System: Xbox 360 (also on PS3 and PC)
Publisher: Square Enix
Developer: Crystal Dynamics, Eidos Montreal (multiplayer)
Release Date: March 5, 2013
One of my biggest pet peeves in gaming is when a game scatters dozens, sometimes hundreds, of collectibles throughout the environment in an effort to boost replay value. The Grand Theft Auto series, in particular, is notorious for this, but this is a common practice in open world games. I usually don’t bother to go back through and find these random trinkets, but I made an exception for this year’s Tomb Raider reboot.
You see, in Tomb Raider, it’s actually *fun* to explore the world it presents. A novel concept, right?
In this reboot, a young Lara Croft and a team of archaelogists/adventurers have embarked on an expedition to find the lost kingdom of Yamatai, an island off the coast of Japan. Little is known about the island, other than that it causes death and destruction for those who near it. Sure enough, upon arriving to the area, the crew’s ship crashes in the midst of a violent storm, and the group becomes stranded on the island.
As one might guess, it turns out that they aren’t alone on Yamatai. A violent cult of “Sun Queen” worshippers inhabits the island, and they don’t take kindly to visitors. As Lara navigates through the island in an attempt to find a way off of it, the cult members are there nearly every step of the way. They are a huge problem at first — especially since young Lara has never encountered such violence at this point of her life — but by the end, they become nothing more than mere nuisances.
The evolution of Lara Croft from an ambitious archaeology graduate to cold-blooded adventurer is marvelous, and quite frankly, it’s one of the biggest reasons to play this game. Not only is her transition to a hardened explorer believable, she also looks anatomically correct for once. Crystal Dynamics did an excellent job developing Miss Croft, humanizing her while showing the immense suffering she receives along the way.
The other major player in the game is the island of Yamatai itself. This is a gorgeous island full of wild life (including boars, wolves and rabbits, all of which can be hunted), and there is so much of it ready to be explored. The island is incredibly well-designed, as anyone with a sense of adventure will surely be curious enough to climb the various ledges in hopes of seeing where they lead. While the story is a fairly straight-forward affair, there are plenty of opportunities to traverse the wide-open world in order to find relics, documents and other historical items scattered about. Hell, I found myself visiting every nook and cranny of the island just for the beautiful views they might provide. Seriously, this is one gorgeous-looking game, easily one of the best from this console generation.
As this is a tale of survival, much of the gameplay revolves around Lara doing what she needs to do to survive and get off the island. A convenient XP system allows her to “level up” by killing enemies, hunting animals and finding treasure. These experience points are in turn used to improve her current capabilities, such as adding a rope gadget to her bow, or adding extra ammunition for her guns. What’s great about this feature is that every improvement is shown on screen. If you add the rope gadget, for example, it will appear on top of the bow and remain visible while harnessed on Lara’s backside. This attention to detail is very impressive, and it only adds to the sense of realism within her character.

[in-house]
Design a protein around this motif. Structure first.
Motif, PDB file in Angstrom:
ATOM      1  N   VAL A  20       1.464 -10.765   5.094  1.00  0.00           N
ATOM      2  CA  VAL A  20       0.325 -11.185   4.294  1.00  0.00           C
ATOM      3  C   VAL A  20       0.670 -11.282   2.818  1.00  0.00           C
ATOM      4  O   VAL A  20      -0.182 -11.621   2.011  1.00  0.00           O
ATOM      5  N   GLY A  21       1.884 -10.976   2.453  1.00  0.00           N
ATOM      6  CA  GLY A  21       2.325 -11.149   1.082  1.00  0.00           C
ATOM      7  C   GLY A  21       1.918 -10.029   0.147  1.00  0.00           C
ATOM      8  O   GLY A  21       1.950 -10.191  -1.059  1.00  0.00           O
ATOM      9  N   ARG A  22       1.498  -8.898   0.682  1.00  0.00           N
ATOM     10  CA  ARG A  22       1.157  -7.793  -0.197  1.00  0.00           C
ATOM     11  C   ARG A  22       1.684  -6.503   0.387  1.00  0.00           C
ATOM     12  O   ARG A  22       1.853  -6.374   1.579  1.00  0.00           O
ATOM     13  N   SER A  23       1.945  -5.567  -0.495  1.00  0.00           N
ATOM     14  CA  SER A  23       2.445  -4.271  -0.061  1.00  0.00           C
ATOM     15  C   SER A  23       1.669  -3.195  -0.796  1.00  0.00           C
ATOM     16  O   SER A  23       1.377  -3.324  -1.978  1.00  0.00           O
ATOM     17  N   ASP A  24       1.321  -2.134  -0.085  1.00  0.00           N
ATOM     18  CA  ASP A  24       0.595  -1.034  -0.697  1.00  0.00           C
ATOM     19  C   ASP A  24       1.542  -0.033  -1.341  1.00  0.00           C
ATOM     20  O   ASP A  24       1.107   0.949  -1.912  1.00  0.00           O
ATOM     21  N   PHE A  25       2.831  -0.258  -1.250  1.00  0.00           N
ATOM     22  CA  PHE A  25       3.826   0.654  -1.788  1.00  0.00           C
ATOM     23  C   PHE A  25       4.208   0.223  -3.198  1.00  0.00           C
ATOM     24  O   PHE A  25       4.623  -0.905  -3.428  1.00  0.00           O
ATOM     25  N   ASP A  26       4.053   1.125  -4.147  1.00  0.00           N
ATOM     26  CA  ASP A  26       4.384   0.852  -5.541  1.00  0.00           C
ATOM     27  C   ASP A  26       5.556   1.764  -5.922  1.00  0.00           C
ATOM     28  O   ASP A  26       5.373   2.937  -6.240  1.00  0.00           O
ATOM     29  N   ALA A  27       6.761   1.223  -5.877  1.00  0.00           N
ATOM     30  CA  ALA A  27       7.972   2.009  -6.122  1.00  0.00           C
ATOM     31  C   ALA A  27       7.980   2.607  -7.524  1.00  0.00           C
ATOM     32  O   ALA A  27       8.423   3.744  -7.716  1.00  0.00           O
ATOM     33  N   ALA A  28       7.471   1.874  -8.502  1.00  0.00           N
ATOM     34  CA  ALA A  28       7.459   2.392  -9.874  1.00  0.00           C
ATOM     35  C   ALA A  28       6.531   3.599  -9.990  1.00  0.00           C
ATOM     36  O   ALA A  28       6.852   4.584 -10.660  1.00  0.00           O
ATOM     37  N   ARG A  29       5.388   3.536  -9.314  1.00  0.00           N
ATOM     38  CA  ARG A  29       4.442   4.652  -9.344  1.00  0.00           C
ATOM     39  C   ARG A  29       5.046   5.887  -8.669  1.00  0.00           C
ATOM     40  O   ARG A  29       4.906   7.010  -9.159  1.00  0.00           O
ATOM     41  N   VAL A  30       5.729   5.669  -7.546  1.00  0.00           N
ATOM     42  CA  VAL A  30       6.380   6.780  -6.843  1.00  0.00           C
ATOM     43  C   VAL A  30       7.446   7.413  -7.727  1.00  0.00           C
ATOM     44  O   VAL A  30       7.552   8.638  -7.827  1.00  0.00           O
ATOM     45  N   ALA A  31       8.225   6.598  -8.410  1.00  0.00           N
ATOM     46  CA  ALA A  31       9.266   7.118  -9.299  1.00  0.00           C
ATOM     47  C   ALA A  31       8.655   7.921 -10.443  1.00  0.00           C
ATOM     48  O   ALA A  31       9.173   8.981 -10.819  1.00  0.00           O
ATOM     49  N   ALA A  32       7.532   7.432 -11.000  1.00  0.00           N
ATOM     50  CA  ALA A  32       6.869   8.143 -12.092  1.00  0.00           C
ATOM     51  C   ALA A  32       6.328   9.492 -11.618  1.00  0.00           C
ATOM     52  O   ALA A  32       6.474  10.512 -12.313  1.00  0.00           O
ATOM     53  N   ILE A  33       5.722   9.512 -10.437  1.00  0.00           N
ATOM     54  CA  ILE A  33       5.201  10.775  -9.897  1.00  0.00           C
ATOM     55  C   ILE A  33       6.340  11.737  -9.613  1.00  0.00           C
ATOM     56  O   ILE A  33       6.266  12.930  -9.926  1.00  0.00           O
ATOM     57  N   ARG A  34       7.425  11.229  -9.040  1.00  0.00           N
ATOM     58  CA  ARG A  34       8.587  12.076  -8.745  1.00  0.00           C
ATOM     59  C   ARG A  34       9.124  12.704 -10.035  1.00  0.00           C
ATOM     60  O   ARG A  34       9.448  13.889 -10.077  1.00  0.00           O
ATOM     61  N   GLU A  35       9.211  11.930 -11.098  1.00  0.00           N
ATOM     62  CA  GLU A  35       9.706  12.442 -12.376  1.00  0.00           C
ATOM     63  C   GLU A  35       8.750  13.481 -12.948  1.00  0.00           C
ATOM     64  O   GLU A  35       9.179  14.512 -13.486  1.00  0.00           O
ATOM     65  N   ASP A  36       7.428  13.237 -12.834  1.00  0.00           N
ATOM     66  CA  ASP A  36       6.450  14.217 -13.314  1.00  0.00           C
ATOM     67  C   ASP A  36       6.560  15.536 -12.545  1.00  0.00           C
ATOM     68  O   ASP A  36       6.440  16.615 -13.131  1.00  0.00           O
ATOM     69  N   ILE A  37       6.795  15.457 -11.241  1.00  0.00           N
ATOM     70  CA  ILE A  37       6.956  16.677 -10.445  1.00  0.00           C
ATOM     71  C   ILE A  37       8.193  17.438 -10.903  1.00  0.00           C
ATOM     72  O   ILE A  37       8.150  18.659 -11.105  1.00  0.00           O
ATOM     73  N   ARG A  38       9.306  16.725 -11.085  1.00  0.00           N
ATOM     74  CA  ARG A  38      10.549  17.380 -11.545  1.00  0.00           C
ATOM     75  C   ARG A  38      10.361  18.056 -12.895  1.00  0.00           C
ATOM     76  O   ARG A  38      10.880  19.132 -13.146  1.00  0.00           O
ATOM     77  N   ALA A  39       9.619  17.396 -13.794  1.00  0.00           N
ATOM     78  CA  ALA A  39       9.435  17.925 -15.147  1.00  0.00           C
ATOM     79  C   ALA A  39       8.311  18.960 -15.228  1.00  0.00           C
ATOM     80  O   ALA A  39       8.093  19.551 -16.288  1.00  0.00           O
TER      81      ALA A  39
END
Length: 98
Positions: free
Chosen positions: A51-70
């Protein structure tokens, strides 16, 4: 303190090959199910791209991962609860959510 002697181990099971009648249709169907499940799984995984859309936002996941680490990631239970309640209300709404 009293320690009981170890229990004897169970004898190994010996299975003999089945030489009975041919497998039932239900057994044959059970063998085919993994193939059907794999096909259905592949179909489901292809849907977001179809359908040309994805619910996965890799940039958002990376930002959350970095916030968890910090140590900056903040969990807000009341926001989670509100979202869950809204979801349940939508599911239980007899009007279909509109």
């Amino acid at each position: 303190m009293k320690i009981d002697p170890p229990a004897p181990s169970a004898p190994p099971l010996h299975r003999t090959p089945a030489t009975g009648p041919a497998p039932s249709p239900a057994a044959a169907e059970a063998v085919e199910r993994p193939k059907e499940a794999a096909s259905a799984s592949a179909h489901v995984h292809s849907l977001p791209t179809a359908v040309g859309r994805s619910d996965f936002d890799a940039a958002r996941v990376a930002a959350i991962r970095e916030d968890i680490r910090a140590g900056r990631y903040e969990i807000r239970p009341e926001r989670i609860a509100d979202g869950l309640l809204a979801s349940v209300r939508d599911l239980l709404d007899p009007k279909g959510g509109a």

Also on the island are a handful of optional tombs that can be explored, and each one presents an interesting little puzzle. Some of them are real head-scratchers, but the reward at the end is always worth the trouble. Each tomb has its own chest full of goodies to help Lara, often including treasure maps that show locations of collectibles in the area.
Miss Croft also has the unique ability to use her “survival instinct” — with the quick press of a button, the environment turns gray, and any items of interest are highlighted in yellow. This is similar to Batman’s detective mode in the Arkham games or the Eagle Eye vision in Assassin’s Creed, and it comes in handy quite often. At times, it perhaps makes things too easy, but it can be avoided altogether for those who want a bigger challenge.
The single player campaign lasts anywhere from 10-15 hours, and it plays out much like an Indiana Jones movie. There are several big adventure scenes that will leave you breathless, but at the same time, there’s nothing “new” here in terms of storytelling or action setpieces. If you have played any of the Uncharted games, you will know what to expect, though that’s not necessarily a bad thing.
Tomb Raider also features a multiplayer mode, but it is merely tacked-on and mostly irrelevant. The online features were dead on arrival, as the community has dwindled rapidly, making it difficult to find matches less than a month after its release. I played online for a couple hours, enough to get a feel for the three different modes, but it did not leave a lasting impression. This has always been a series to play for the single player campaign, and this reboot is no different.
While it’s still quite early, Tomb Raider stands as one of this year’s biggest gaming highlights so far. As far as adventure games go, this is one of the better ones, and it also happens to be a technical marvel. This series received a much-needed breath of fresh air with this reboot, and I’m curious to see where Lara Croft goes next.